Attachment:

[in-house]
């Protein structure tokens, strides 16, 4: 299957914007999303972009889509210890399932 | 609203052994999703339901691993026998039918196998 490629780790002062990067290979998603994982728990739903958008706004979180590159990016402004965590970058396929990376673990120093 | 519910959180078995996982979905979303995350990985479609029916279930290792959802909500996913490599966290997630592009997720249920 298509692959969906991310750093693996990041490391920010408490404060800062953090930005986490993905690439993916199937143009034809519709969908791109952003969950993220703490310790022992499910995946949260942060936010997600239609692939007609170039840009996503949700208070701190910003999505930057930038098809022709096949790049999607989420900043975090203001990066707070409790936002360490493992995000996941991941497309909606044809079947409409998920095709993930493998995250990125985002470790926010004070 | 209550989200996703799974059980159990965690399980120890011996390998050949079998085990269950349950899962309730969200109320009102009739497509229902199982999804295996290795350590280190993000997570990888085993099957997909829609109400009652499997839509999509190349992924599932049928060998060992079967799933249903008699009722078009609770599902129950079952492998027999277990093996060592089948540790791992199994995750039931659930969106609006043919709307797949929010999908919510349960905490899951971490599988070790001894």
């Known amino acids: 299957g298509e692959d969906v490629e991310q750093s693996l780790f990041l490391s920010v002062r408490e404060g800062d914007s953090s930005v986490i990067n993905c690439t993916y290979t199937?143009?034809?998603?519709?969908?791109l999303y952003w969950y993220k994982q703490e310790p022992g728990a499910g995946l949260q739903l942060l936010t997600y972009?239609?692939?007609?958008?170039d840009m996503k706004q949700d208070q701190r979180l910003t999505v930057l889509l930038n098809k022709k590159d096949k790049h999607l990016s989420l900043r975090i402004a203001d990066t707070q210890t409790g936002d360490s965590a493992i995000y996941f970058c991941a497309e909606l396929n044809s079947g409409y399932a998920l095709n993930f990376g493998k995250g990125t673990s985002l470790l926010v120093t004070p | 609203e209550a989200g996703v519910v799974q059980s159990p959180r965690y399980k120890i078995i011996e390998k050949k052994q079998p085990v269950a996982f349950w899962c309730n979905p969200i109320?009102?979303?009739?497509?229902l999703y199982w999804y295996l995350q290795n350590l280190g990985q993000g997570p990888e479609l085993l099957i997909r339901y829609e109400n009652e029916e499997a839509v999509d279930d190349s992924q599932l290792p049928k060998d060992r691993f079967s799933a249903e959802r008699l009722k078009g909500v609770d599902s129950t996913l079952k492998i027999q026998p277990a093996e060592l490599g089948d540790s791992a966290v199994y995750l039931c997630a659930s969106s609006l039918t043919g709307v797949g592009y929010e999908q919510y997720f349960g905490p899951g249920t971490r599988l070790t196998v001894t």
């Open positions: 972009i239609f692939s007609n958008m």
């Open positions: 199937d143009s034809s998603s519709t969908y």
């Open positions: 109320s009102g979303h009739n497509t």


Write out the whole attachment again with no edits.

[in-house]
């Protein structure tokens, strides 16, 4: 299957914007999303972009889509210890399932 | 609203052994999703339901691993026998039918196998 490629780790002062990067290979998603994982728990739903958008706004979180590159990016402004965590970058396929990376673990120093 | 519910959180078995996982979905979303995350990985479609029916279930290792959802909500996913490599966290997630592009997720249920 298509692959969906991310750093693996990041490391920010408490404060800062953090930005986490993905690439993916199937143009034809519709969908791109952003969950993220703490310790022992499910995946949260942060936010997600239609692939007609170039840009996503949700208070701190910003999505930057930038098809022709096949790049999607989420900043975090203001990066707070409790936002360490493992995000996941991941497309909606044809079947409409998920095709993930493998995250990125985002470790926010004070 | 209550989200996703799974059980159990965690399980120890011996390998050949079998085990269950349950899962309730969200109320009102009739497509229902199982999804295996290795350590280190993000997570990888085993099957997909829609109400009652499997839509999509190349992924599932049928060998060992079967799933249903008699009722078009609770599902129950079952492998027999277990093996060592089948540790791992199994995750039931659930969106609006043919709307797949929010999908919510349960905490899951971490599988070790001894």
């Known amino acids: 299957g298509e692959d969906v490629e991310q750093s693996l780790f990041l490391s920010v002062r408490e404060g800062d914007s953090s930005v986490i990067n993905c690439t993916y290979t199937?143009?034809?998603?519709?969908?791109l999303y952003w969950y993220k994982q703490e310790p022992g728990a499910g995946l949260q739903l942060l936010t997600y972009?239609?692939?007609?958008?170039d840009m996503k706004q949700d208070q701190r979180l910003t999505v930057l889509l930038n098809k022709k590159d096949k790049h999607l990016s989420l900043r975090i402004a203001d990066t707070q210890t409790g936002d360490s965590a493992i995000y996941f970058c991941a497309e909606l396929n044809s079947g409409y399932a998920l095709n993930f990376g493998k995250g990125t673990s985002l470790l926010v120093t004070p | 609203e209550a989200g996703v519910v799974q059980s159990p959180r965690y399980k120890i078995i011996e390998k050949k052994q079998p085990v269950a996982f349950w899962c309730n979905p969200i109320?009102?979303?009739?497509?229902l999703y199982w999804y295996l995350q290795n350590l280190g990985q993000g997570p990888e479609l085993l099957i997909r339901y829609e109400n009652e029916e499997a839509v999509d279930d190349s992924q599932l290792p049928k060998d060992r691993f079967s799933a249903e959802r008699l009722k078009g909500v609770d599902s129950t996913l079952k492998i027999q026998p277990a093996e060592l490599g089948d540790s791992a966290v199994y995750l039931c997630a659930s969106s609006l039918t043919g709307v797949g592009y929010e999908q919510y997720f349960g905490p899951g249920t971490r599988l070790t196998v001894t």
């Open positions: 972009i239609f692939s007609n958008m």
């Open positions: 199937d143009s034809s998603s519709t969908y």
């Open positions: 109320s009102g979303h009739n497509t």